• Burgers, J.H. & Vrande, V.J.A. van de (2011). Who is the Corporate Entrepreneur? Insights from Opportunity Discovery and Creation Theory. In S. Zahra (Ed.), Handbook of Corporate Entrepreneurship. Edward Elgar.
  • Vrande, V.J.A. van de (2008). The Importance of Internal Alignment for Open Innovation. In Open Innovation: The New Business Strategy. Hyderabad: Icfai University Press.
  • Halman, J., Ulijn, J., Vrande, V.J.A. van de & Umbach, F. (2007). The importance of cooperation and support for technology start-ups: a comparison of the Eindhoven and Darmstadt areas. In Entrepreneurship, cooperation and the firm: the emergence and survival of high tech ventures in Europe (pp. 261-286). Cheltenham: Edward Elgar.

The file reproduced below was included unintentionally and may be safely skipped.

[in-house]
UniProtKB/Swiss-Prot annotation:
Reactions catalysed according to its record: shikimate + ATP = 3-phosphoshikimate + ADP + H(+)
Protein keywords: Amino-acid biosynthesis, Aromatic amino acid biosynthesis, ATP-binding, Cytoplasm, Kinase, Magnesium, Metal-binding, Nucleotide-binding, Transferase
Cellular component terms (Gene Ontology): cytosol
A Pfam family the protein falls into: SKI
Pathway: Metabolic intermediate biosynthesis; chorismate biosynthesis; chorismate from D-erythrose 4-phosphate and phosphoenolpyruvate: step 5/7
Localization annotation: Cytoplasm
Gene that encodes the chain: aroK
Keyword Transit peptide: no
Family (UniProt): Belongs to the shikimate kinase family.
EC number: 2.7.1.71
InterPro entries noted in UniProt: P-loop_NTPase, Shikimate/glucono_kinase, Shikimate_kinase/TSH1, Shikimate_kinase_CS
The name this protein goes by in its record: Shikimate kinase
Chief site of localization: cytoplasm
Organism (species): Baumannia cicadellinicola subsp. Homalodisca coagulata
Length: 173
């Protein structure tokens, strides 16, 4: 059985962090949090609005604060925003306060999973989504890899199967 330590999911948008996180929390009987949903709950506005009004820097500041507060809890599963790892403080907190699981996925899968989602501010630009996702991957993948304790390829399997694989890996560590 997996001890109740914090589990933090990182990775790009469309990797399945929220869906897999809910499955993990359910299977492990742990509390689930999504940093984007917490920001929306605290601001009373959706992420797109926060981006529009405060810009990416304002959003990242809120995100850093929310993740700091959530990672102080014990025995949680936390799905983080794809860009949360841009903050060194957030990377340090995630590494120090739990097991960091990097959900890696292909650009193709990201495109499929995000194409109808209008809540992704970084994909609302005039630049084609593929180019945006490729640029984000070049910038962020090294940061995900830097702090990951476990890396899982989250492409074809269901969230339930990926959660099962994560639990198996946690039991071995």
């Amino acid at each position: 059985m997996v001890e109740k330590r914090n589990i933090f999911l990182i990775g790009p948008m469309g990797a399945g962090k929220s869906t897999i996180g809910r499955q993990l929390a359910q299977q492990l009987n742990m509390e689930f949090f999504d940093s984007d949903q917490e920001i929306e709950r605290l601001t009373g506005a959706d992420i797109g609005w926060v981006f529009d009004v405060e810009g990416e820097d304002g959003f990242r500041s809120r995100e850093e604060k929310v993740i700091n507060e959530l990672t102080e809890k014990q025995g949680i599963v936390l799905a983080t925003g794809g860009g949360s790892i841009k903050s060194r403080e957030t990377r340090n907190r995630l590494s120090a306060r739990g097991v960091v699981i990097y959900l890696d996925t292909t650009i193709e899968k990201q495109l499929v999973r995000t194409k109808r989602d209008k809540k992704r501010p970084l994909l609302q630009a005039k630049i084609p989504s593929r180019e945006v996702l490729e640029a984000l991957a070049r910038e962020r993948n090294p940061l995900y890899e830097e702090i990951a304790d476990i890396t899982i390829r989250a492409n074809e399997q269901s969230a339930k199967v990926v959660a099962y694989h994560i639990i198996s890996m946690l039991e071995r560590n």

• Vrande, V.J.A. van de (2007, November 07). Not invented here: managing corporate innovation in a new era. TUE (Eindhoven: Eindhoven Centre for Innovation Studies). Prom./coprom.: Prof.Dr. G.M. Duysters & W. Vanhaverbeke.
  • Vrande, V.J.A. van de (2013). Walking the knowledge tightrope. RSM Insight, 15 (3), 16-17.
  • Vrande, V.J.A. van de & Man, A.P. de (2010). Embracing Open Innovation. In Innovation EU, Vol. 2-1. London: Innovation Europe.
  • Vrande, V.J.A. van de & Vanhaverbeke, W. (2006). Innoveren door Externe Innovatie. In VMA Jaarboek 2006 (pp. 38-45).
  • Rochemont, M. de & Vrande, V.J.A. van de (2006). Open Innovatie en de Rol van Corporate Venture Capital. In J. Sistermans (Ed.), Open stellingen: Essays over Open Innovatie (pp. 57-64). Den Haag: Quantes.
  • Hynes, N. & Vrande, V.J.A. van de (2013, December 31). When going Dutch means a free lunch: how Australians could build social capital. The Conversation
Jitse Duijsters

Capturing the strategic value of corporate venturing

Pengfei Wang

Innovation, Status, and Networks